The fact is there is no other planet that can sustain life as we know it. When they destroy Earth, unnecessarily from greed, we all go down with the ship.

As for Governor Jerry Brown’s free passes to Big Oil and Ag to waste and pollute as much groundwater as they want without any fines or penalties (80% compared to residents’ 20%), he should be penalized with an enormous fat fine for hypocrisy and unethical negligence. As usual, hard-working Americans are forced to carry the burden of corporate exploitation and pollution.

By contrast, I’d like to conclude by telling the amazing story about a courageously moral, young woman, Erica Mackey, now 31, who is installing solar to Tanzanian families in Africa that were paying up to $800 to connect to the country’s abysmal electric grid. The basic plan costs $6.00 to install and includes two lights and one cell charger for $1.25. Thanks to Erica’s extraordinary efforts, she has installed solar units in 50,000 Tanzanian homes. Her goal is to light up the entire continent of Africa with solar: 10 million homes in 10 years because, as she put it, the sun is “ubiquitous.”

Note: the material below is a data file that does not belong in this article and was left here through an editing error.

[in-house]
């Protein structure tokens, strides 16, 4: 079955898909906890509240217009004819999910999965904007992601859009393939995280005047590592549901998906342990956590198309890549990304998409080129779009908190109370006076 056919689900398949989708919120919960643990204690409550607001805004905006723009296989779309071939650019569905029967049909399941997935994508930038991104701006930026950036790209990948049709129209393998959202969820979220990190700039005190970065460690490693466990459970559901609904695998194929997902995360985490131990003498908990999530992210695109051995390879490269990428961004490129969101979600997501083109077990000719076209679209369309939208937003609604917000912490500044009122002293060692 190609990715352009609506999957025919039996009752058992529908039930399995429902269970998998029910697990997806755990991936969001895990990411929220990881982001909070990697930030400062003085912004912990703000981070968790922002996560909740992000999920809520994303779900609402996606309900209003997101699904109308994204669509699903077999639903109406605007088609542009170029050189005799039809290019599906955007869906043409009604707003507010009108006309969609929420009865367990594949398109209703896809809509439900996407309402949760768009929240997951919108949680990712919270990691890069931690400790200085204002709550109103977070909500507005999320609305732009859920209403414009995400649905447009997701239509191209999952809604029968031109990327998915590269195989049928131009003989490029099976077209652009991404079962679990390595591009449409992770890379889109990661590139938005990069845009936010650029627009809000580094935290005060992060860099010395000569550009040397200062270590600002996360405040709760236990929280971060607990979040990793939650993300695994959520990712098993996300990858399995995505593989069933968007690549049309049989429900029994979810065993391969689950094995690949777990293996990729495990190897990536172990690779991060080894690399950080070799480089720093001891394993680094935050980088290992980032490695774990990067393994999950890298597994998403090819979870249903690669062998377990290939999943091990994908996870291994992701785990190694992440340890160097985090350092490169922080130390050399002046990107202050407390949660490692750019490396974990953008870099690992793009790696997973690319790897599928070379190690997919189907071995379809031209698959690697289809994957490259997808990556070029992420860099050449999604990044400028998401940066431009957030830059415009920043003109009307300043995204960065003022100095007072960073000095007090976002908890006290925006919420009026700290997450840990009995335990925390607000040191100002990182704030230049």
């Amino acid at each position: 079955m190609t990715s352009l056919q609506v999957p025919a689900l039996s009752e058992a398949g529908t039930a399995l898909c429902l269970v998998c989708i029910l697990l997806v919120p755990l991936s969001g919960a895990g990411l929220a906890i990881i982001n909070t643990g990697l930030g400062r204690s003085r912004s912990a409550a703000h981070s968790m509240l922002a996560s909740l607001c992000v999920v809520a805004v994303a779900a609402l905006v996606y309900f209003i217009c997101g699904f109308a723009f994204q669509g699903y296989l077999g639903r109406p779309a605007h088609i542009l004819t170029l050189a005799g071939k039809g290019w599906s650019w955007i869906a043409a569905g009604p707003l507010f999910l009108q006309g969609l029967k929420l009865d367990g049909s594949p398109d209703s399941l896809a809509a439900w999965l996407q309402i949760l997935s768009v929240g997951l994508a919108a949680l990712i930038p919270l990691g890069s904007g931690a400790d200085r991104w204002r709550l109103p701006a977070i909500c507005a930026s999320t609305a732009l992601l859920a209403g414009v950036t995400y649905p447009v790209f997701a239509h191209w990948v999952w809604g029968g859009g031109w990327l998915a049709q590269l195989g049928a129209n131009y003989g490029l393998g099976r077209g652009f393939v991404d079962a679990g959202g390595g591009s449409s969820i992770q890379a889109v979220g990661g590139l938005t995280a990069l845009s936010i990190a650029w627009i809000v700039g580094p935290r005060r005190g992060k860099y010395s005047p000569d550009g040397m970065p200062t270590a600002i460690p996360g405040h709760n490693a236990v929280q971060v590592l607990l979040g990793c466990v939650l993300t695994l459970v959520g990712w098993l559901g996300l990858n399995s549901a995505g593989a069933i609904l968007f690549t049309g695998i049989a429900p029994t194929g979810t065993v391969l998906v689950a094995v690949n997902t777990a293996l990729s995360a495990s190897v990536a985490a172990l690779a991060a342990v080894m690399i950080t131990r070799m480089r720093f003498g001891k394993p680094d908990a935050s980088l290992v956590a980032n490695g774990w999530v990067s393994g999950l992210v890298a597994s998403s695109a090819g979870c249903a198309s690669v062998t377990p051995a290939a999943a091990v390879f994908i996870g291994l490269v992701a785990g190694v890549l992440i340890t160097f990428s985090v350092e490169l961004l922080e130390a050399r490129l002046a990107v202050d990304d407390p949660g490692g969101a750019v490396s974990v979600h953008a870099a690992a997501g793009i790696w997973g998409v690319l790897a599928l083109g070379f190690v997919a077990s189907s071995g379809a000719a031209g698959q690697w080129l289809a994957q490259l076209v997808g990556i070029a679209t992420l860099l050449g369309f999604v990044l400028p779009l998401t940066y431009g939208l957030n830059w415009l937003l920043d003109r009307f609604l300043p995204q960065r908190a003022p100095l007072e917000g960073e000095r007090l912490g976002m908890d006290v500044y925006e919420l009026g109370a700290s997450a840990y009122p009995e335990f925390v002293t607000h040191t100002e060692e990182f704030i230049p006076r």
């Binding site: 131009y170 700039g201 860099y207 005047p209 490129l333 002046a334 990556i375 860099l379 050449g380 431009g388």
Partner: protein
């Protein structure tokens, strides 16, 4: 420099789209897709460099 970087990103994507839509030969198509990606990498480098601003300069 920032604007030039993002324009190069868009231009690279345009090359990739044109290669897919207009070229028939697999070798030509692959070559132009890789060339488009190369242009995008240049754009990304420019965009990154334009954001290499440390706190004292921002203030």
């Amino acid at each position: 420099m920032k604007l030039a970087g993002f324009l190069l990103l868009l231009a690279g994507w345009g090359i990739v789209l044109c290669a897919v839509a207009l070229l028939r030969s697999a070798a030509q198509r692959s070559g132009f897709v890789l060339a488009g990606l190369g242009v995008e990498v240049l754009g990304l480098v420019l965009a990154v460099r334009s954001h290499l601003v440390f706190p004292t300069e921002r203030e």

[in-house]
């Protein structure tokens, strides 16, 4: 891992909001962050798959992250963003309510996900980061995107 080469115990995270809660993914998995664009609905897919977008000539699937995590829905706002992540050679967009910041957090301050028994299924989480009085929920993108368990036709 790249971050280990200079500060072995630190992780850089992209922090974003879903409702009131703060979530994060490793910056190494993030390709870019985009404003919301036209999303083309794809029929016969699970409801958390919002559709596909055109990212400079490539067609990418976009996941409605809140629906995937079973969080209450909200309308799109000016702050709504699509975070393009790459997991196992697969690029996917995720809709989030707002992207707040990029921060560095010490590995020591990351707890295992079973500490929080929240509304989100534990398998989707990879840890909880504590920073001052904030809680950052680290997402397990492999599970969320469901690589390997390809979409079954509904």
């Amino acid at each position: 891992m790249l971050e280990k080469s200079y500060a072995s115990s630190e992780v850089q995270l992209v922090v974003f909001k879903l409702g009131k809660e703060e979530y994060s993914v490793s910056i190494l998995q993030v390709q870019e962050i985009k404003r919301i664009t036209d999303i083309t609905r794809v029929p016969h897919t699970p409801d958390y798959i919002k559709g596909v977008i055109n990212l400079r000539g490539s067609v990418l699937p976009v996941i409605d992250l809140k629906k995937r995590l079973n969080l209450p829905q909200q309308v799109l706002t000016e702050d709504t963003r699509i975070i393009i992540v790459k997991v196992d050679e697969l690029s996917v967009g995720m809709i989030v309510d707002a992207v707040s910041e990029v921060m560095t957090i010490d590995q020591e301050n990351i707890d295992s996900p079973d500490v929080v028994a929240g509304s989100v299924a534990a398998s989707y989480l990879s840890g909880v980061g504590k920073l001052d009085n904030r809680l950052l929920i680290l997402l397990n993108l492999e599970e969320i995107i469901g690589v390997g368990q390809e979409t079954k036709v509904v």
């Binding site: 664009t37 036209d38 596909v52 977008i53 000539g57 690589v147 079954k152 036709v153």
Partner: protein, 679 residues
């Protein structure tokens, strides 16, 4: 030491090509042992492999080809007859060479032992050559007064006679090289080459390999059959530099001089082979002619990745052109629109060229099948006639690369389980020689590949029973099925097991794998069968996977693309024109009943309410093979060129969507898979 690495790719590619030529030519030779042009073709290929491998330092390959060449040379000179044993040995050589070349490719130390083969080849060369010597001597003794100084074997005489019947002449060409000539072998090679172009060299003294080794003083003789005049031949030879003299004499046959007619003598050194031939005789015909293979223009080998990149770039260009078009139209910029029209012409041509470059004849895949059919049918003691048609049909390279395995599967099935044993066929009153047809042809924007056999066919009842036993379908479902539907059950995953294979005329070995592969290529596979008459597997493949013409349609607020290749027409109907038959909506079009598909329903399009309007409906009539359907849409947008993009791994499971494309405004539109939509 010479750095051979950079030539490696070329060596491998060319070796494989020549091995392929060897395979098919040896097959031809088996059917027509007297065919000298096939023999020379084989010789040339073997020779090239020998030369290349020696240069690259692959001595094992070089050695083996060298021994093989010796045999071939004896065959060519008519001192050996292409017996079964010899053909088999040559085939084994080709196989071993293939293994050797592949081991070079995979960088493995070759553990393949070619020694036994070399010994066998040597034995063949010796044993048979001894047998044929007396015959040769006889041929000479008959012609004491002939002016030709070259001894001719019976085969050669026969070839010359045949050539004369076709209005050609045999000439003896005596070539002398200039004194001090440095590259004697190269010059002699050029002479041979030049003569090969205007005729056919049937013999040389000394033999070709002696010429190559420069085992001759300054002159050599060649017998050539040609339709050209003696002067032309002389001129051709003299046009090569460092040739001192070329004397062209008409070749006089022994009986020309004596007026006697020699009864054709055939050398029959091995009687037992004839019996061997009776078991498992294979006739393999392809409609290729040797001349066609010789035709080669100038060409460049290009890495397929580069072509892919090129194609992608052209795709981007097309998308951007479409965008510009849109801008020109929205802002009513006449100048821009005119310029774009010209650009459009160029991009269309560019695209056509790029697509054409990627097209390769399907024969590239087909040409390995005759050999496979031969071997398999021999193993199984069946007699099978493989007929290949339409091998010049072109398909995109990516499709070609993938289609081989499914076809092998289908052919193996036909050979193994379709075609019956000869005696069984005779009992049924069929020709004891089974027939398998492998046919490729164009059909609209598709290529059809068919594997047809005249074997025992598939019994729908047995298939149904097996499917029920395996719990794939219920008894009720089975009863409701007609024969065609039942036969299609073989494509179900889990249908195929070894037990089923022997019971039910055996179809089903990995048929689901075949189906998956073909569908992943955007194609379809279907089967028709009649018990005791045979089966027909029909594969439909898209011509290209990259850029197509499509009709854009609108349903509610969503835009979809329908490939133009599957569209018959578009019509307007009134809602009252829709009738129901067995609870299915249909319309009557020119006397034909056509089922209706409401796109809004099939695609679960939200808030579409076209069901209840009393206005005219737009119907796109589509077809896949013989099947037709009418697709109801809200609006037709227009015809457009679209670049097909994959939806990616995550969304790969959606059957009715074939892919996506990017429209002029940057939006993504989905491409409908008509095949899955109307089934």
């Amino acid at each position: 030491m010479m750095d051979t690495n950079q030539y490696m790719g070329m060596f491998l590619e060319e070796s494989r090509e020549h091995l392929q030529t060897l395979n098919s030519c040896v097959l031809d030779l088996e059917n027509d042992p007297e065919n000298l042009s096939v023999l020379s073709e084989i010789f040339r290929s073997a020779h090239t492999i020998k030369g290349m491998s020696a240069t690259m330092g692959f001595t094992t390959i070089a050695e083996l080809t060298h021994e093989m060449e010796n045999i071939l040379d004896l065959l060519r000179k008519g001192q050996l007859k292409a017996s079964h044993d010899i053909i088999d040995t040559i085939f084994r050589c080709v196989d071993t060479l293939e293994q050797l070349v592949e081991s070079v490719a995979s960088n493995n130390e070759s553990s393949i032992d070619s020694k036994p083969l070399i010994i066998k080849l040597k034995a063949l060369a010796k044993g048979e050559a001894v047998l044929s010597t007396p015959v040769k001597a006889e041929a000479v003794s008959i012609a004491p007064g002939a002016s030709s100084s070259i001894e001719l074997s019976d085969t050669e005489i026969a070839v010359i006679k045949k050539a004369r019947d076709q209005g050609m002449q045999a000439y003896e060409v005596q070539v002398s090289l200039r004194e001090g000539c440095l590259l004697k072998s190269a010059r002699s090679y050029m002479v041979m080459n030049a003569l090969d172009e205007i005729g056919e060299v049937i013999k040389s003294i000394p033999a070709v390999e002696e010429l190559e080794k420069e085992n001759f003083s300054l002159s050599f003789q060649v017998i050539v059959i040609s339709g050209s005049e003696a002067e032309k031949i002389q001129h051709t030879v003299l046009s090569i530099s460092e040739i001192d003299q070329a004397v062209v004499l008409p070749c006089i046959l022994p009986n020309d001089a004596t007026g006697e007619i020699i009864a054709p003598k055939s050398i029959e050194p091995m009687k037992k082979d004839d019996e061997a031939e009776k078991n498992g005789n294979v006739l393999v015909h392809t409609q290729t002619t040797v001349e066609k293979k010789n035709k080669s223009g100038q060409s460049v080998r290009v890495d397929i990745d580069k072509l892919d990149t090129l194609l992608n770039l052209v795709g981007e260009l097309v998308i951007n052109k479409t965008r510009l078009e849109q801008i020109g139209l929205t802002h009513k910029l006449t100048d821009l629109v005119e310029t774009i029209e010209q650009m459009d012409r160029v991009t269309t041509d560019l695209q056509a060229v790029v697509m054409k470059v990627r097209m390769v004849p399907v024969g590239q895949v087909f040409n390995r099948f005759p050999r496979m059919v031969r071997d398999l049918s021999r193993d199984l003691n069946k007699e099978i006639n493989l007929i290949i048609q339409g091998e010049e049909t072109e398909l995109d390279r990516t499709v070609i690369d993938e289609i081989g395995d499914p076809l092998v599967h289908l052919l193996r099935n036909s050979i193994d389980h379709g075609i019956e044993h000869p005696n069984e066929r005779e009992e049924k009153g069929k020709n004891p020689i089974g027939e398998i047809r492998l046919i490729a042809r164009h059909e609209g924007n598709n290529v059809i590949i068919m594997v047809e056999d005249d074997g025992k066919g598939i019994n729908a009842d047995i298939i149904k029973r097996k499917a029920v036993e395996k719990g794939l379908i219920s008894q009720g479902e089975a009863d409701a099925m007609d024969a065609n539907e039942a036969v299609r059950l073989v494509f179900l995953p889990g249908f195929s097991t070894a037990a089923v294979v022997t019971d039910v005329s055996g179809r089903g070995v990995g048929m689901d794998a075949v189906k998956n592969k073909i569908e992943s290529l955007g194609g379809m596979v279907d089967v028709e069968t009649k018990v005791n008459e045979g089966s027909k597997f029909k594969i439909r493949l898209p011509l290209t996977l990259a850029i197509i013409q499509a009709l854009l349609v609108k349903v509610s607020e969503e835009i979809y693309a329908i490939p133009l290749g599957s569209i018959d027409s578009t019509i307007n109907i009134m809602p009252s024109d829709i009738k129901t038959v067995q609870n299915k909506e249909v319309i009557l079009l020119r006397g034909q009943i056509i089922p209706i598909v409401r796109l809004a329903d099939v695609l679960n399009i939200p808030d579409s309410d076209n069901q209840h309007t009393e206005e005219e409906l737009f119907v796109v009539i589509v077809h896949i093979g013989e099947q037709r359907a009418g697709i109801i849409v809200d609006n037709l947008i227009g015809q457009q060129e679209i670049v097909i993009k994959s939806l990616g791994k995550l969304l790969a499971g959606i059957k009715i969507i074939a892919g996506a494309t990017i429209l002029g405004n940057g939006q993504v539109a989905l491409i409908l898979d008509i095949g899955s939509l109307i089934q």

That ought to put Governor Brown and all our crooked US politicians to shame. Erica Mackey had a brilliant idea and she single-handedly made it happen. How? Well, for starters, she’s not being paid off by Big Oil, Gas, Coal and Nuclear.


Jacqueline Marcus is the editor of ForPoetry.com and EnvironmentalPress.com.  She is a contributing guest writer for Buzzflash at Truthout.org.  She is the author of Close to the Shore by Michigan State University Press. Her E-book, Man Cannot Live on Oil, Alone: Time to end our dependency on oil before it ends us, is available at Kindle Books. She taught philosophy for 20 years at Cuesta College, San Luis Obispo, California.